There has been great debate about the abilities of ordinary citizens in affecting change in society. Whereas professional journalists used to dominate mainstream media, ordinary citizens have gradually participated in journalism and provided different perspectives to popular causes. In effort to not only add their cents but also stir public discourse, ordinary citizens often utilize social media, which has gradually become an integral part of society. As part of the “Doubt” camp, authors such as Malcolm Gladwell and Matthew Hindman believe ordinary citizens fall short in affecting change and doubt the effectiveness of social media to influence society in the long run. Gladwell and Hindman believe that ordinary citizens, in comparison to professional journalists, fail to produce immediate change. Authors like Clay Shirky and Zeynep Tufecki are part of the camp titled “Potential” for they recognize ordinary citizens’ motive to spread important information through social networking and help develop people’s perspectives. They both commend social media for being tools of which ordinary citizens take advantage in order to affect change. On the other hand, Axel Bruns and Katie King are part of the “Collaboration” camp, arguing that collaboration between professional journalists and ordinary citizens would be better off in collaboration in influencing society. Unlike the authors of the other two camps, Bruns and King believe ordinary citizens and professional journalists complement each other and by working together, they will instill change with long-term benefits. This debate ultimately decides whether social media is truly a worthy and important part of shaping society or whether it is given too much credit and overvalued.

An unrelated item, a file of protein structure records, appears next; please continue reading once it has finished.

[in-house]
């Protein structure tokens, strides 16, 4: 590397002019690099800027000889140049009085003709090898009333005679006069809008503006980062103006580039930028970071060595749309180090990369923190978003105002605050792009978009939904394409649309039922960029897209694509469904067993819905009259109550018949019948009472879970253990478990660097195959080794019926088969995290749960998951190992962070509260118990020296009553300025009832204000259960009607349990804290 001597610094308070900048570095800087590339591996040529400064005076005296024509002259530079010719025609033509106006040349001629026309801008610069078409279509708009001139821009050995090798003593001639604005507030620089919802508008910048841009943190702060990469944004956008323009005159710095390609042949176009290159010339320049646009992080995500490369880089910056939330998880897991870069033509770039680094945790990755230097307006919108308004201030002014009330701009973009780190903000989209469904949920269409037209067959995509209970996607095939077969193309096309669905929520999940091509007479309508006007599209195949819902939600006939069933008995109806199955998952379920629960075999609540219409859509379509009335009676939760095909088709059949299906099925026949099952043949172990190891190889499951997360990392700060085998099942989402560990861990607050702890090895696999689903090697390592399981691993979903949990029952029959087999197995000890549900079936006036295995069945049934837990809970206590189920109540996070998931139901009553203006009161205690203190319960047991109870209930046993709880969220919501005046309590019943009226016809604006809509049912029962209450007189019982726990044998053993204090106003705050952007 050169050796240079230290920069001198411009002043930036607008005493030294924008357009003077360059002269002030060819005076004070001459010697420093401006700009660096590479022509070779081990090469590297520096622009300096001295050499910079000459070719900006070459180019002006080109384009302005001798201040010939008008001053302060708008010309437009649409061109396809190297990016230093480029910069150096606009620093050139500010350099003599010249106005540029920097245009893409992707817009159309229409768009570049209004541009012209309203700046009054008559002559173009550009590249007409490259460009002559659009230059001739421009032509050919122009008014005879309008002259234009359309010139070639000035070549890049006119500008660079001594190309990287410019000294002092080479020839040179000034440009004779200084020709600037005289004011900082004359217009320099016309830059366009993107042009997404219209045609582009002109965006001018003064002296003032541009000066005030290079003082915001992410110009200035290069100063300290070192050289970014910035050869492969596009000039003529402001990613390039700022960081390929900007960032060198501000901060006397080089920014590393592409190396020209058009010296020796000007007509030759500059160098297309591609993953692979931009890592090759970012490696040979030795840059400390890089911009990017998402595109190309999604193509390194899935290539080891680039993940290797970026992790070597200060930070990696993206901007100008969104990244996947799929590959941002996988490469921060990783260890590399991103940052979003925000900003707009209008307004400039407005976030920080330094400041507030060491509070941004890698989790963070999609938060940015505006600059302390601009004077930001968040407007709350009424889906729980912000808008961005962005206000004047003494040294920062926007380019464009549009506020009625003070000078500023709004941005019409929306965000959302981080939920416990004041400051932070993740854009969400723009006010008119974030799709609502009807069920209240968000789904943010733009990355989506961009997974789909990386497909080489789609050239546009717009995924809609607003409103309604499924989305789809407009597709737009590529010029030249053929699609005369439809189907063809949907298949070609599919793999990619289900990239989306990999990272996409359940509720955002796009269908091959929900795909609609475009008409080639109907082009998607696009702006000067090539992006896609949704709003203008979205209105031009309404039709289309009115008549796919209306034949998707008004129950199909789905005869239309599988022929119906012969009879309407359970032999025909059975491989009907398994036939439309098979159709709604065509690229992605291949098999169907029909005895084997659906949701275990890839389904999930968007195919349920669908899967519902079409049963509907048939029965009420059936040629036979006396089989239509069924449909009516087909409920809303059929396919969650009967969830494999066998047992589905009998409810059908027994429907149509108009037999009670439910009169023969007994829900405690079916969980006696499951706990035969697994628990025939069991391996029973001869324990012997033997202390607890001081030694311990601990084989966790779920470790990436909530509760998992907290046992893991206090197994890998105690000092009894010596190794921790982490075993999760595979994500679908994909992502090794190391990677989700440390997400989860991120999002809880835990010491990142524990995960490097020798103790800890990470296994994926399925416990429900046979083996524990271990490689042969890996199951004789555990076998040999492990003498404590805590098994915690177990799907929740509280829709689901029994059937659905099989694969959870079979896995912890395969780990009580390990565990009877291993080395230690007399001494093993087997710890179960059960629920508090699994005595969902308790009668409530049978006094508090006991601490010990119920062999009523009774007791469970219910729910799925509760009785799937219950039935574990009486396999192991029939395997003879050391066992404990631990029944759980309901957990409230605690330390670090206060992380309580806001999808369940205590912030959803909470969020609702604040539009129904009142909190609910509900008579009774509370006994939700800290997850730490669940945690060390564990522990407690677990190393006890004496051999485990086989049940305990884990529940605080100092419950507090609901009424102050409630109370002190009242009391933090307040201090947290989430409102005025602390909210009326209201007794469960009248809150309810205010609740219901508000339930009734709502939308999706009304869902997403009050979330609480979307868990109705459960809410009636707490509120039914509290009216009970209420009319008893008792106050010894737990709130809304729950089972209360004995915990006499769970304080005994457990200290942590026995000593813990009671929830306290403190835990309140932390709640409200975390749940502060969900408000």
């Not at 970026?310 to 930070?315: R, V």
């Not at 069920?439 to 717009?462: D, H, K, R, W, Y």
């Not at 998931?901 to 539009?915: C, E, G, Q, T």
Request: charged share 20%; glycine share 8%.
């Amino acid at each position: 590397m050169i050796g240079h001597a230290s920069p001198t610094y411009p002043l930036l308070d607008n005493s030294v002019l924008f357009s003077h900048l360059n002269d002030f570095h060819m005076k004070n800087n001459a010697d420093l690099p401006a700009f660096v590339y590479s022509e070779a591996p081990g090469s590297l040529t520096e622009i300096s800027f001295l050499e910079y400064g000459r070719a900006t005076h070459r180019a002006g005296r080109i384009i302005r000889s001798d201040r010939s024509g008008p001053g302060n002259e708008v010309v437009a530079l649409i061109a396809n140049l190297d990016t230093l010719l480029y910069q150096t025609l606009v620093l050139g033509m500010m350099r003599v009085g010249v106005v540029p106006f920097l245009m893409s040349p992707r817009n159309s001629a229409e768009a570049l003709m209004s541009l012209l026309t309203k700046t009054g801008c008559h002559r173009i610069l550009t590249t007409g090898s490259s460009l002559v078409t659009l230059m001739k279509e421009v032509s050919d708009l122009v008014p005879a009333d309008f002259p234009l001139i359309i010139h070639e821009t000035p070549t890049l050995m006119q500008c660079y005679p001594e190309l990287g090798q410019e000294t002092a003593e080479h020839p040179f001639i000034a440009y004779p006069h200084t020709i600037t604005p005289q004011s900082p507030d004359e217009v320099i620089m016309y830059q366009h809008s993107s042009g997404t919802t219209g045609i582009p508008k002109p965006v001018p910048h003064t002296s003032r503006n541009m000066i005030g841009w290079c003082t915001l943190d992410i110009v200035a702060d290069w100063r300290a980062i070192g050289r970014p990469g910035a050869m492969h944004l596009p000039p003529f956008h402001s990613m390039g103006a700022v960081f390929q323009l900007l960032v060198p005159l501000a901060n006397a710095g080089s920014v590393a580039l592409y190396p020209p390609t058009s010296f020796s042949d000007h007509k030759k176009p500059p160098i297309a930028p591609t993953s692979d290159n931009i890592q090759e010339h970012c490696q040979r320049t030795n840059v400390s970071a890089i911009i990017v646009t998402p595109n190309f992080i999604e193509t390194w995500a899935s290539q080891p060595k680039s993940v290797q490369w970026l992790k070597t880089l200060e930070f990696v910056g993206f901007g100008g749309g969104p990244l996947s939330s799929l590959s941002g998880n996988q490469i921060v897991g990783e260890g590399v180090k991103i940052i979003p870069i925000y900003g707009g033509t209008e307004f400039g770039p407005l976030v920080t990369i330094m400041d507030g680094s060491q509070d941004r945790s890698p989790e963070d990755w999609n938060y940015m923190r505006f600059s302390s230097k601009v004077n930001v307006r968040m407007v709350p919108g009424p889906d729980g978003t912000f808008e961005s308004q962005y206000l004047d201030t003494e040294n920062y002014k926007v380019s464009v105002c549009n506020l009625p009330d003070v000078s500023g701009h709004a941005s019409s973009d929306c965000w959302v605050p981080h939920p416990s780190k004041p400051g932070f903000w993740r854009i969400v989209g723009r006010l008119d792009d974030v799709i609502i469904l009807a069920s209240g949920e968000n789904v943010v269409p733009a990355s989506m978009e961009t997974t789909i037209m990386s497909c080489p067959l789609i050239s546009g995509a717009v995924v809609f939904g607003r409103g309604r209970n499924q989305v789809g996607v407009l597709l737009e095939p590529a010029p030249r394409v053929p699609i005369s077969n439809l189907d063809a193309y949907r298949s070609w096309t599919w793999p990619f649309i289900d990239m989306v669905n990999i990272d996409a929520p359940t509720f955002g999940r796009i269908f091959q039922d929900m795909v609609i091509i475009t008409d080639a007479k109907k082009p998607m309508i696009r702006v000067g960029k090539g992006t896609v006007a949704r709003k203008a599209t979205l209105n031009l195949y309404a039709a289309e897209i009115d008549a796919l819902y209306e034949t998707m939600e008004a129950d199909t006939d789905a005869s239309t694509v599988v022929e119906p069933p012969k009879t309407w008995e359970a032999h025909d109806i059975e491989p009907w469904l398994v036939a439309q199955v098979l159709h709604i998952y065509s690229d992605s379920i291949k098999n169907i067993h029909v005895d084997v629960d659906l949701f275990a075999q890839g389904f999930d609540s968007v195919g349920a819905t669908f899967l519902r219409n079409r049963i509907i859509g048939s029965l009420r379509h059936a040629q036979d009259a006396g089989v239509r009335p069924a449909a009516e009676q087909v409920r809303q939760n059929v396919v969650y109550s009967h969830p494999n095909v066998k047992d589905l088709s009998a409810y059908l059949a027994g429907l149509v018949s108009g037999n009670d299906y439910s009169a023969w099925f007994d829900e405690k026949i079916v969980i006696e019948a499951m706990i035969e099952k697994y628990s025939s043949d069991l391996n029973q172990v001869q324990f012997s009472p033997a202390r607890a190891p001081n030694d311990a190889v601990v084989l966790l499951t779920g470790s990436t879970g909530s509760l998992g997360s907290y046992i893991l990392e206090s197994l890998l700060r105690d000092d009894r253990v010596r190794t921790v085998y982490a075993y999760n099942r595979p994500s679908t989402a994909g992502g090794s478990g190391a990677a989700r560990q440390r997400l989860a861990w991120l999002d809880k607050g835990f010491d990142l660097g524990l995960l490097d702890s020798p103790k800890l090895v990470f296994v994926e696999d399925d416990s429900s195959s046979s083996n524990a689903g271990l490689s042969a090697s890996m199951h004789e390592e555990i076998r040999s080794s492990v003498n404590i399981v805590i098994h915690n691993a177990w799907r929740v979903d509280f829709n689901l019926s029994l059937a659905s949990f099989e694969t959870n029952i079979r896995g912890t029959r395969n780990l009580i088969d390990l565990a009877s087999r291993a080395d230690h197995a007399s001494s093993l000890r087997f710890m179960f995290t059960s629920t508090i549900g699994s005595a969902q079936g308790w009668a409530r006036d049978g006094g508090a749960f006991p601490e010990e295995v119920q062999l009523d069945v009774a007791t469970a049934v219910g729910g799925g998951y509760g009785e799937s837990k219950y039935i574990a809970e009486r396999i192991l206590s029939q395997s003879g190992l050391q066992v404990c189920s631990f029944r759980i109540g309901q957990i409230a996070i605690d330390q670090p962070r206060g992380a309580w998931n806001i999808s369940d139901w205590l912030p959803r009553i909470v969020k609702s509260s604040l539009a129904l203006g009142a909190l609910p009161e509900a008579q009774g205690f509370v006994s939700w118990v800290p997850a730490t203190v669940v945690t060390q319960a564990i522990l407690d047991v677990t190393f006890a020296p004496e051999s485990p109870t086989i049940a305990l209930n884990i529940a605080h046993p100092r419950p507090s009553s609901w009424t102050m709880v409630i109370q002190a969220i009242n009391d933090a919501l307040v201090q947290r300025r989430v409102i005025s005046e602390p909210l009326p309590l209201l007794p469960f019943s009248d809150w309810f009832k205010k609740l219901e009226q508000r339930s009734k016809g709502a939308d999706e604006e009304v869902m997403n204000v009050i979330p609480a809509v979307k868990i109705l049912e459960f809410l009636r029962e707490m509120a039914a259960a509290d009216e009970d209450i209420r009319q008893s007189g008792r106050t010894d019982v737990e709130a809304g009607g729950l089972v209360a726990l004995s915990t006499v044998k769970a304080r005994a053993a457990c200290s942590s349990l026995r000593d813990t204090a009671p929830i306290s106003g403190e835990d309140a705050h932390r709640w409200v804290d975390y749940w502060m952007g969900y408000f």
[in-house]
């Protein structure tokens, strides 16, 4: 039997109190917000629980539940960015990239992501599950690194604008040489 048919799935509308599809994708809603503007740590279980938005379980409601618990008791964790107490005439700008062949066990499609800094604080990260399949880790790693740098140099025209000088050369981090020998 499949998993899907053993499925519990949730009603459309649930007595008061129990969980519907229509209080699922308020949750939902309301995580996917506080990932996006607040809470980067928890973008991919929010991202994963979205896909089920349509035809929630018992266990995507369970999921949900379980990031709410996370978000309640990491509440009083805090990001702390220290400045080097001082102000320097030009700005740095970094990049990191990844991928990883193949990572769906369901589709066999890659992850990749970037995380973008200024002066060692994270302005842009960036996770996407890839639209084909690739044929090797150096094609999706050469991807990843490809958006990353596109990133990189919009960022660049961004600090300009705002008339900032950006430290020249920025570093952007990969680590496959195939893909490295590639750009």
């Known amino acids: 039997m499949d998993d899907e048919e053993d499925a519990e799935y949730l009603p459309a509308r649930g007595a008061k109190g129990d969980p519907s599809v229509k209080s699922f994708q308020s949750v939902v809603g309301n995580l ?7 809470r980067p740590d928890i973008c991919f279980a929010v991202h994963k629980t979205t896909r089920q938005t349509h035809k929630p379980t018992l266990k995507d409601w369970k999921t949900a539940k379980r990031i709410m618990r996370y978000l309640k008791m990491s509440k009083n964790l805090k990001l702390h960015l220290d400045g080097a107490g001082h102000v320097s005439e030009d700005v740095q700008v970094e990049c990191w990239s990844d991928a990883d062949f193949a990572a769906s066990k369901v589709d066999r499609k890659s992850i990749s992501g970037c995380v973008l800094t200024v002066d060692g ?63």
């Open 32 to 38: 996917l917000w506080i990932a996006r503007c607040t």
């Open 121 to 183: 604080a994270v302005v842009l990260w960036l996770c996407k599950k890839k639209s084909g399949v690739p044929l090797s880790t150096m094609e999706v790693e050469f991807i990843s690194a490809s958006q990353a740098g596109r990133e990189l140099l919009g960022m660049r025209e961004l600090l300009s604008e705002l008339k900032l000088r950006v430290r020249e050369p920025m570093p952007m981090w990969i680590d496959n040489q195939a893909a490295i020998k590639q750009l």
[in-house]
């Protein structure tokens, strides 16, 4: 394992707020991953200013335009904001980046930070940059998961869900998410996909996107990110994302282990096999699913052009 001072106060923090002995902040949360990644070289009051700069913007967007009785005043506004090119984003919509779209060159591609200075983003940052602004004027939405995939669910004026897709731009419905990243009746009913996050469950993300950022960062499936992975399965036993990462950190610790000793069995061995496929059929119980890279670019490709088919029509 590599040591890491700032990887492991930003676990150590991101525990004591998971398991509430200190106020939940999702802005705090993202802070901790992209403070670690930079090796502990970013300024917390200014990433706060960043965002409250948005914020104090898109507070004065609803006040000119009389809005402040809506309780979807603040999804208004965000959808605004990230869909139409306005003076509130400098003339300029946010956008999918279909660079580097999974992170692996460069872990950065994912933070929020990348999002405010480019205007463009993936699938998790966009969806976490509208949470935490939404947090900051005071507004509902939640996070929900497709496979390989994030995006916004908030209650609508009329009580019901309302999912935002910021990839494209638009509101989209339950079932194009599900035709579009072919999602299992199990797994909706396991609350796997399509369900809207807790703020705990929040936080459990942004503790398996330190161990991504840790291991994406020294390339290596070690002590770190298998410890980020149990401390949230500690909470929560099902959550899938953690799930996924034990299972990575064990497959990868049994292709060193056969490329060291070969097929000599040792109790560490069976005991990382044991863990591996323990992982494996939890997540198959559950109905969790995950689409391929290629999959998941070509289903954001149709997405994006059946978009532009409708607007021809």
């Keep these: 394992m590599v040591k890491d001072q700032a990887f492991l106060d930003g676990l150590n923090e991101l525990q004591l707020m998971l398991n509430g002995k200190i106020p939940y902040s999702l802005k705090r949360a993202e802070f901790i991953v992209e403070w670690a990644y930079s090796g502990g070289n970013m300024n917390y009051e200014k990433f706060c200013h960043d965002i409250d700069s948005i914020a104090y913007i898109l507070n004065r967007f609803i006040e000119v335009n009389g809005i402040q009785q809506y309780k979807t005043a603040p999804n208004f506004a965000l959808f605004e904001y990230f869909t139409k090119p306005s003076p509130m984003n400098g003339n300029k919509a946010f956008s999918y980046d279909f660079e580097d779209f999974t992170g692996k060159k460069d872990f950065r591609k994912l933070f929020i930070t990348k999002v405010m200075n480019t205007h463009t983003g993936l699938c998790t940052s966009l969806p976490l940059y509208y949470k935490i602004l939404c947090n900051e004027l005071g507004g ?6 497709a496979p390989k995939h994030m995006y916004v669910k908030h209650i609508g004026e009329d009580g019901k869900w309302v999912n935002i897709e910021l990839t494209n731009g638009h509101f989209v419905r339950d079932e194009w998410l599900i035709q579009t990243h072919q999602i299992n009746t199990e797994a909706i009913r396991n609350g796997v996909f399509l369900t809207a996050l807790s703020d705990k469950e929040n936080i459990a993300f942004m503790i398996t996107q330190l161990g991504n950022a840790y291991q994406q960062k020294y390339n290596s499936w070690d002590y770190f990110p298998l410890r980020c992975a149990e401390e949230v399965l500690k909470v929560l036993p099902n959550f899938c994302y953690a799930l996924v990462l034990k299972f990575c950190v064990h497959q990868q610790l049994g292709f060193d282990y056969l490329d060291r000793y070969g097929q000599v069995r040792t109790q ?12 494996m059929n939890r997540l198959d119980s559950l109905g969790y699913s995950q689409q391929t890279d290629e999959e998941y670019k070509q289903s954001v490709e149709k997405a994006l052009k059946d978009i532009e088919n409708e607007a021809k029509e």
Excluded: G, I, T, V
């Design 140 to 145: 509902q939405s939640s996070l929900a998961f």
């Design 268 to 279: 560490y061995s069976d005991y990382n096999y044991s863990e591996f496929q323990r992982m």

Pointing out the lack of power and influence of ordinary citizens, Matthew Hindman in his exerpt, “Blogs” The New Elite Media,” displays doubt in the ability of ordinary citizens to affect change in society. Hindman focuses on the emerging popularity of blogging, which were assumed to empower ordinary citizens in allowing them to voice their opinions and expand their viewers’ perspectives. Hindman notes that some people have favored the work of ordinary citizens over that of professional journalists (Hindman 102). Explicitly stating that this belief is mistaken, Hindman examines the people behind the blogs and those reading the blogs. By comparing the people behind and in front of the computer or phone screen, Hindman is able to conclude that ordinary citizens have not made enough advances to overpower professionals. In 2002, a Pew survey identified only three percent of Internet users as bloggers whereas in 2004, the percentage increased to twenty-seven percent (104). Despite the increase in participation of blogging, Hindman questions if blogging has any influence on society. Many expressed disgust about blogging by ordinary citizens for their lack of accuracy and credibility. After studying the top ten political A-list bloggers, Hindman reveals that the list consists of highly educated and successful people, many of whom were former or current professional journalists. In addition, most of the top ten bloggers attended elite institutions of higher education as well as receiving a JD or PhD (117). Although most people picture bloggers as “a guy sitting in his living room in his pajamas writing (Colford 2004), the most popular and successful bloggers happen to be part of the elite. Hindman states, “The top bloggers have more education, from more prestigious schools, than do most journalists or most members of the public (122).” Hindman defies people’s expectations that ordinary citizens dominated blogging and social media. While anyone could start a blog, those who maintain blogs that become widely read and popular are not ordinary citizens but elites or professionals. Although people would like to believe that ordinary citizens have greater influence on politics through blogging,...
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